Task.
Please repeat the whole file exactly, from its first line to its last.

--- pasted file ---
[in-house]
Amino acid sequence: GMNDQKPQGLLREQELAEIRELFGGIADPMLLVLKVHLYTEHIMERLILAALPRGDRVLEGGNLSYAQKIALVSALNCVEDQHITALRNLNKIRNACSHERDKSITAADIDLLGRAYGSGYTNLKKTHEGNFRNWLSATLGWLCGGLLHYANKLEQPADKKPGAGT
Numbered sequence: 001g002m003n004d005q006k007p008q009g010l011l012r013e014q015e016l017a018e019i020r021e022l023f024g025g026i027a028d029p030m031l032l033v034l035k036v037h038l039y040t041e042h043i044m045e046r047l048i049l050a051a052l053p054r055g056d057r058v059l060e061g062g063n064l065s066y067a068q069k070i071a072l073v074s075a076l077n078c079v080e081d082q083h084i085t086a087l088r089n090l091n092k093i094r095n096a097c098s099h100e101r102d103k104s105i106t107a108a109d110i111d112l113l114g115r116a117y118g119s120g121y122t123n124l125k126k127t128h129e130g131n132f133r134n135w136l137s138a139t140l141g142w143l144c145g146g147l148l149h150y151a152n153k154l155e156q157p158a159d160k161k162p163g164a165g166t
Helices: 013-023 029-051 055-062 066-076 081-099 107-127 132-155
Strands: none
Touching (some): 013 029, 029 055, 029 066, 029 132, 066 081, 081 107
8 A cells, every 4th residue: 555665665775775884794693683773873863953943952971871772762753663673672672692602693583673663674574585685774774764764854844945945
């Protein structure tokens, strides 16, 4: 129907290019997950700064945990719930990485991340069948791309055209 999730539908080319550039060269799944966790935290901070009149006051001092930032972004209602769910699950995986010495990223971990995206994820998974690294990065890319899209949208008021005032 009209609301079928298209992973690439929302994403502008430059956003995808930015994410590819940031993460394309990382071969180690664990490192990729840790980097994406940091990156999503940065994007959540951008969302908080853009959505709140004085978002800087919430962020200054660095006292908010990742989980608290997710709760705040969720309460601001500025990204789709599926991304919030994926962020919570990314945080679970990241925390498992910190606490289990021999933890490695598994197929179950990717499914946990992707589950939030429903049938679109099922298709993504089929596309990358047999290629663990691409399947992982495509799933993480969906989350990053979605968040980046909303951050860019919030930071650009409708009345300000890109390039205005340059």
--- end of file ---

[in-house]
Amino acid sequence: GMNDQKPQGLLREQELAEIRELFGGIADPMLLVLKVHLYTEHIMERLILAALPRGDRVLEGGNLSYAQKIALVSALNCVEDQHITALRNLNKIRNACSHERDKSITAADIDLLGRAYGSGYTNLKKTHEGNFRNWLSATLGWLCGGLLHYANKLEQPADKKPGAGT
Numbered sequence: 001g002m003n004d005q006k007p008q009g010l011l012r013e014q015e016l017a018e019i020r021e022l023f024g025g026i027a028d029p030m031l032l033v034l035k036v037h038l039y040t041e042h043i044m045e046r047l048i049l050a051a052l053p054r055g056d057r058v059l060e061g062g063n064l065s066y067a068q069k070i071a072l073v074s075a076l077n078c079v080e081d082q083h084i085t086a087l088r089n090l091n092k093i094r095n096a097c098s099h100e101r102d103k104s105i106t107a108a109d110i111d112l113l114g115r116a117y118g119s120g121y122t123n124l125k126k127t128h129e130g131n132f133r134n135w136l137s138a139t140l141g142w143l144c145g146g147l148l149h150y151a152n153k154l155e156q157p158a159d160k161k162p163g164a165g166t
Helices: 013-023 029-051 055-062 066-076 081-099 107-127 132-155
Strands: none
Touching (some): 013 029, 029 055, 029 066, 029 132, 066 081, 081 107
8 A cells, every 4th residue: 555665665775775884794693683773873863953943952971871772762753663673672672692602693583673663674574585685774774764764854844945945
């Protein structure tokens, strides 16, 4: 129907290019997950700064945990719930990485991340069948791309055209 999730539908080319550039060269799944966790935290901070009149006051001092930032972004209602769910699950995986010495990223971990995206994820998974690294990065890319899209949208008021005032 009209609301079928298209992973690439929302994403502008430059956003995808930015994410590819940031993460394309990382071969180690664990490192990729840790980097994406940091990156999503940065994007959540951008969302908080853009959505709140004085978002800087919430962020200054660095006292908010990742989980608290997710709760705040969720309460601001500025990204789709599926991304919030994926962020919570990314945080679970990241925390498992910190606490289990021999933890490695598994197929179950990717499914946990992707589950939030429903049938679109099922298709993504089929596309990358047999290629663990691409399947992982495509799933993480969906989350990053979605968040980046909303951050860019919030930071650009409708009345300000890109390039205005340059």